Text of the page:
Breathing: You should exhale while exerting force and inhale while performing the negative (lowering of weight).

Lifting to failure: This means to do as many reps as possible with strict form until you cannot do another rep. Always ask yourself if your form is correct. Are you isolating the muscle you are working? Most importantly be safe!

Exercise Form: Do exercises with proper form not only to be safe, but to get the most out of your sessions. Concentrate on feeling the muscle stretch and flex on every rep. Take the time to study movements online if you are unsure of how to execute them. Getting the most out of exercises is a life long journey. Always be willing to learn more.

Sample Muscle Building Workout

6 Day Split

Day 1: Legs

  1. Squats: 3 sets of 10-12 reps
  2. Lunges: 3 sets of 10-12 reps
  3. Leg Extensions: 3 sets of 10-12 reps
  4. Lying Leg Curls: 3 sets of 10-12 reps
  5. Romanian Deadlifts: 3 sets of 10-12 reps
  6. Standing Calf Raises: 3 sets of 10-12 reps
  7. Seated Calf Raises: 3 sets of 10-12 reps

Day 2: Chest, Deltoids, Triceps

  1. Incline Barbell Press: 3 sets of 10-12 reps
  2. Flat DB Press: 3 sets of 10-12 reps
  3. Incline DB Fly: 3 sets of 10-12 reps
  4. Military Press: 4 sets of 10-12 reps
  5. Side Lateral Raise: 3 sets of 10-12 reps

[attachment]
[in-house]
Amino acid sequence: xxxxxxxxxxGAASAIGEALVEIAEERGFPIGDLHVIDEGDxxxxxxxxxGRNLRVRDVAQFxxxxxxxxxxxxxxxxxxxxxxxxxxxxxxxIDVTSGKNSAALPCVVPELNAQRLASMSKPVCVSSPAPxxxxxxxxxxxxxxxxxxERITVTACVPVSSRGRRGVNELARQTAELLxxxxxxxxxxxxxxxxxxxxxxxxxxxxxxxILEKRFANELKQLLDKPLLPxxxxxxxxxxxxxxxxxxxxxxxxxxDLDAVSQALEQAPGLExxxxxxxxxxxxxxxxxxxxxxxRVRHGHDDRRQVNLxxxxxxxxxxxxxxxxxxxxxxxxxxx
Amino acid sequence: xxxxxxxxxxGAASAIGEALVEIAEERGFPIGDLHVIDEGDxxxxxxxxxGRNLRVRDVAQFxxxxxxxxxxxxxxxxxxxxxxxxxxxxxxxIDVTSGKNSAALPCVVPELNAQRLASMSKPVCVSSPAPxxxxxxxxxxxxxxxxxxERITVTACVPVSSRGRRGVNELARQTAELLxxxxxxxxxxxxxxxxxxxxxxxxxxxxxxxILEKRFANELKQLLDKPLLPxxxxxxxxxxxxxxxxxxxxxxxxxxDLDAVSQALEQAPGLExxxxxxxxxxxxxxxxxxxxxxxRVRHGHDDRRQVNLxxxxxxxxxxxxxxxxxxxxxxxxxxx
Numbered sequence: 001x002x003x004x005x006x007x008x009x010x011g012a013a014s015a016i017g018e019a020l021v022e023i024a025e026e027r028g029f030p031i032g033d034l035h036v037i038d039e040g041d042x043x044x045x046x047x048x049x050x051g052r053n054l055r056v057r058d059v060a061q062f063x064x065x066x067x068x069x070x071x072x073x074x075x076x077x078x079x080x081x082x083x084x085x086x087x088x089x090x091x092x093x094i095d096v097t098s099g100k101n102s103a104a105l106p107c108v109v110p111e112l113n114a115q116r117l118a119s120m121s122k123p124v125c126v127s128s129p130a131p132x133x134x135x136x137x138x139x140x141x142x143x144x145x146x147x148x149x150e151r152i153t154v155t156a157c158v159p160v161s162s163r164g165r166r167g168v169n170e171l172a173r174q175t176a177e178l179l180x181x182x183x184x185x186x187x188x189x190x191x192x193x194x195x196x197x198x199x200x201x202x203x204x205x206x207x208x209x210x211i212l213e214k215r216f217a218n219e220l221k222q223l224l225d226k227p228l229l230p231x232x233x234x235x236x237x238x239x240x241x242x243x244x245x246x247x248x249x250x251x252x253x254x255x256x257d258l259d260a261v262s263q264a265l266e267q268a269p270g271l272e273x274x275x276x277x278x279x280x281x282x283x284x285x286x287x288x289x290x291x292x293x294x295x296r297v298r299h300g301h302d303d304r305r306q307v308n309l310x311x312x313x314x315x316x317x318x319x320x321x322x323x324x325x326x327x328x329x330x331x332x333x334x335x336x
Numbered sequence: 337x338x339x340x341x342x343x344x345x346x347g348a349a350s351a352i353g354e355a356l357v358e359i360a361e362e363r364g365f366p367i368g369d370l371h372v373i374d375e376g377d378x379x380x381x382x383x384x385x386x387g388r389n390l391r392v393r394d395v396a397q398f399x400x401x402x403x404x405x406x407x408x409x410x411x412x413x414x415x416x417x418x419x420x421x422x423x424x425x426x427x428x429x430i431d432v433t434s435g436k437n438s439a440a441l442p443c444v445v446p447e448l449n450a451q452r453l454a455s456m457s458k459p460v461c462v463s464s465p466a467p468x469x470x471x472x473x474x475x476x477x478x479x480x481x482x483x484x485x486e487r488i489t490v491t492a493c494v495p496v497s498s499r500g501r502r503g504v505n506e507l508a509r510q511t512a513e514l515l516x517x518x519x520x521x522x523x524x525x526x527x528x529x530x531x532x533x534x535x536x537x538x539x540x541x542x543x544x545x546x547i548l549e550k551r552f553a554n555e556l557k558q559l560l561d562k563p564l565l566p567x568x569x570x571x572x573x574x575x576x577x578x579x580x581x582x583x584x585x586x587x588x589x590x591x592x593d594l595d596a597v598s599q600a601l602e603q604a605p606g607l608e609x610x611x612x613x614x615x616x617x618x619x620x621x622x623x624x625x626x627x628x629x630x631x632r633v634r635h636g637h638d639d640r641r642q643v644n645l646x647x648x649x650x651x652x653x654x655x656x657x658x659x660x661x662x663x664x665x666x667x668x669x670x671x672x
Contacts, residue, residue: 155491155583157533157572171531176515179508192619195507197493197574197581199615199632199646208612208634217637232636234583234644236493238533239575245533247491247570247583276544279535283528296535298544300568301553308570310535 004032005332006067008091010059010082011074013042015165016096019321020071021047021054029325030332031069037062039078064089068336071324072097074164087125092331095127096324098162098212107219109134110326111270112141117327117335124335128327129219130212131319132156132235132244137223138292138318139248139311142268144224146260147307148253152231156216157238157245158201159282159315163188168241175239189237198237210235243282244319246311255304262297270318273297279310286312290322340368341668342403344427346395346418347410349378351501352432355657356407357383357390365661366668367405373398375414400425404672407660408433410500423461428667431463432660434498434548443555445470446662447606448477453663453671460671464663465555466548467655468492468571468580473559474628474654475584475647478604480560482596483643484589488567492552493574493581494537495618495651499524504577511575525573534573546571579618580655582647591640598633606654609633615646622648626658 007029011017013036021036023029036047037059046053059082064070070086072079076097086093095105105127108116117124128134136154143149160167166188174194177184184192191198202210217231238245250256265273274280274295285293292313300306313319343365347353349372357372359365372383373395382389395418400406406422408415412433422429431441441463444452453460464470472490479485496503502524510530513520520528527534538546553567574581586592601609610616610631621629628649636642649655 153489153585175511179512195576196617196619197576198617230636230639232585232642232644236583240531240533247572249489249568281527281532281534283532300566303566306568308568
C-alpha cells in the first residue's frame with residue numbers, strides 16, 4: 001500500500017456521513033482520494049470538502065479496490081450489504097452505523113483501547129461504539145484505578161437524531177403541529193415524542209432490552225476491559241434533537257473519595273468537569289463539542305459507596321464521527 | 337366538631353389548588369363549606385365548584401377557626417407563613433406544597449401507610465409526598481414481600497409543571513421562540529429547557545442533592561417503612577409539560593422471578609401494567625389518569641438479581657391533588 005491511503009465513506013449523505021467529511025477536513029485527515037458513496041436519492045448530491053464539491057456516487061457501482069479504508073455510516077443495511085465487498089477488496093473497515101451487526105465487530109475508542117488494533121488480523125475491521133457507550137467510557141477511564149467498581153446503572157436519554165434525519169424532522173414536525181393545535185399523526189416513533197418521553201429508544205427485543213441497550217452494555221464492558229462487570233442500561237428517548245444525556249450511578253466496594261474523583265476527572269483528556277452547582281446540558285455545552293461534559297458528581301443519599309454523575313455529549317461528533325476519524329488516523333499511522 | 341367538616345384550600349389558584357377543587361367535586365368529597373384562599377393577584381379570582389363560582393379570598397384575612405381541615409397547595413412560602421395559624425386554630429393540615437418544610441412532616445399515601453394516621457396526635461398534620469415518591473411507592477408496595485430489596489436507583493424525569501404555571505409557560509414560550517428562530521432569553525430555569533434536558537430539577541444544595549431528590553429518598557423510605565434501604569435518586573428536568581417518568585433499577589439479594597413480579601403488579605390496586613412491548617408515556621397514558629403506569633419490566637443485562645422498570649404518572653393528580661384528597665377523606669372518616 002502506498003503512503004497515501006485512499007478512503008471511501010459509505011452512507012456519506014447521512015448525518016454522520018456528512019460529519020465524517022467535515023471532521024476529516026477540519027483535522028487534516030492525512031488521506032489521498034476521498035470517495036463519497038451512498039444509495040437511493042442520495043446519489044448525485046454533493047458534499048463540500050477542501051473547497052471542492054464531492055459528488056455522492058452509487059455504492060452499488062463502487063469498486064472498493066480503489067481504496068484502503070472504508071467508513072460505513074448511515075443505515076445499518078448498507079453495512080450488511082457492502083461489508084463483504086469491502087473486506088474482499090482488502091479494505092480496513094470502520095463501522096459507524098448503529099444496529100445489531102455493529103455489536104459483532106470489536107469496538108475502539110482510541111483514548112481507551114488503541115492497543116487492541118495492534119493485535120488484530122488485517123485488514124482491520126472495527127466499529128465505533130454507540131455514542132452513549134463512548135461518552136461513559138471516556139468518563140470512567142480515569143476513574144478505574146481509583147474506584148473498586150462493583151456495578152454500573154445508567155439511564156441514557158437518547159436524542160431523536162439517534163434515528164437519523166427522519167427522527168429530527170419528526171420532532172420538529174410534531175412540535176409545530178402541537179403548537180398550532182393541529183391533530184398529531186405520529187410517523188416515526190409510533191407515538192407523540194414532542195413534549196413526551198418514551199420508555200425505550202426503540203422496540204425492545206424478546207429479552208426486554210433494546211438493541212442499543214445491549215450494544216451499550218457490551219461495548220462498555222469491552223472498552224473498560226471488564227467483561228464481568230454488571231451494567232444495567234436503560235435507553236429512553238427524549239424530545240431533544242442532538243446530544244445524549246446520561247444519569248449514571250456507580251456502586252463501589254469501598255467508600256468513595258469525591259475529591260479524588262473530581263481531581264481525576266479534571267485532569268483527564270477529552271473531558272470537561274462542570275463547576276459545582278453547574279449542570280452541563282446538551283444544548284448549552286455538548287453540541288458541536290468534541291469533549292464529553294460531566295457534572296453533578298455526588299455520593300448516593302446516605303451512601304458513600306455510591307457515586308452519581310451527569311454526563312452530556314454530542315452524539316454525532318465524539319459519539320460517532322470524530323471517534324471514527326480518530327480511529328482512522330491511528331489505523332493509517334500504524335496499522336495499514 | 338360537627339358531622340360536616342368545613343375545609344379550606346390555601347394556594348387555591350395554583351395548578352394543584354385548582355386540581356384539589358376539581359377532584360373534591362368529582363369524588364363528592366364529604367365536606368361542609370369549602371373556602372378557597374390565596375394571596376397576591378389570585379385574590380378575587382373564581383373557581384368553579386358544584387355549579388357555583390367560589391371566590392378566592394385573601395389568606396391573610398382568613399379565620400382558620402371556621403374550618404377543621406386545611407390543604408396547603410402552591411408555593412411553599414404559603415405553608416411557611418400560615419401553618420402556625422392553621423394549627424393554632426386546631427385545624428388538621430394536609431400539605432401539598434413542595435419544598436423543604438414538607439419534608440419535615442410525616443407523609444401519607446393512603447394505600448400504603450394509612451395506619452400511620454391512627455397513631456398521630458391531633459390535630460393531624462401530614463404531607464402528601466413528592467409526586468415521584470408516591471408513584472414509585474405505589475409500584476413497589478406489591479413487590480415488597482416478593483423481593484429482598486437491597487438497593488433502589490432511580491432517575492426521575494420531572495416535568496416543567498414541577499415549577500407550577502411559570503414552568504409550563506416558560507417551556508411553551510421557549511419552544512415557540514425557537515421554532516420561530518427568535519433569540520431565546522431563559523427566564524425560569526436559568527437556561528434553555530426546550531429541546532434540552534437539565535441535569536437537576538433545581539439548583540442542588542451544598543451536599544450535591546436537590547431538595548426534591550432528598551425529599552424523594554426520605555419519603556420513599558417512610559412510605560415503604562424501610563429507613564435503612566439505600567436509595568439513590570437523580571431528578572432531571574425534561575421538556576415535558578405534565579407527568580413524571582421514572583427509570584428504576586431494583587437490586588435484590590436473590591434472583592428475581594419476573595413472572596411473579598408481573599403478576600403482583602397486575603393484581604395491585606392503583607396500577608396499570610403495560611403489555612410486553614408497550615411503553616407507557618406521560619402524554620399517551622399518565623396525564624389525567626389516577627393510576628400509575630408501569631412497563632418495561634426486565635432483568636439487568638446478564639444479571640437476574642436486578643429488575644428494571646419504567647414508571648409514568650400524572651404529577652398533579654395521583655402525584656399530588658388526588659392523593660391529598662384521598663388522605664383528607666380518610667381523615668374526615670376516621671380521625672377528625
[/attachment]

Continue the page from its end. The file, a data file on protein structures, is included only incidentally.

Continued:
6. Lying Triceps Extension: 4 sets of 10-12 reps
  7. Triceps Pushdown: 3 sets of 10-12 reps

Day 3: Back, Biceps, Rear Deltoids

  1. Wide Chins or Pulldowns: 3 sets of 10-12 reps
  2. Bent Over Barbell Rows: 3 sets of 10-12 reps
  3. Deadlift: 3 sets of 10-12 reps
  4. Barbell Curls: 4 sets of 10-12 reps
  5. Incline DB Curls: 3 sets of 10-12 reps
  6. Face Pulls: 4 sets of 10-12 reps

Days 4-6 repeat days 1-3

Note: Do 3 sets of 8-10 reps each and use a slightly heavier load.

Day 7: Rest

Closing

This information just scratches the surface on the subject of building muscle. There is no one way to develop your best physique. One has to find what methods work best for them by trying and learning new things. This guide just covers the basics and will get you started on your own journey. There are no short cuts to building a mighty physique. It will take hard work and often times be difficult. Those who are relentless and consistent will see results. I have numerous detailed programs (free and premium) for building muscle or cutting on my WittigWorks.com.

Annihilate to Motivate,

Michael Wittig, ISSA CPT
IPE Natural Pro 3x Champ
Fitmark Athlete
All socials: @WittigWorks
WittigWorks.com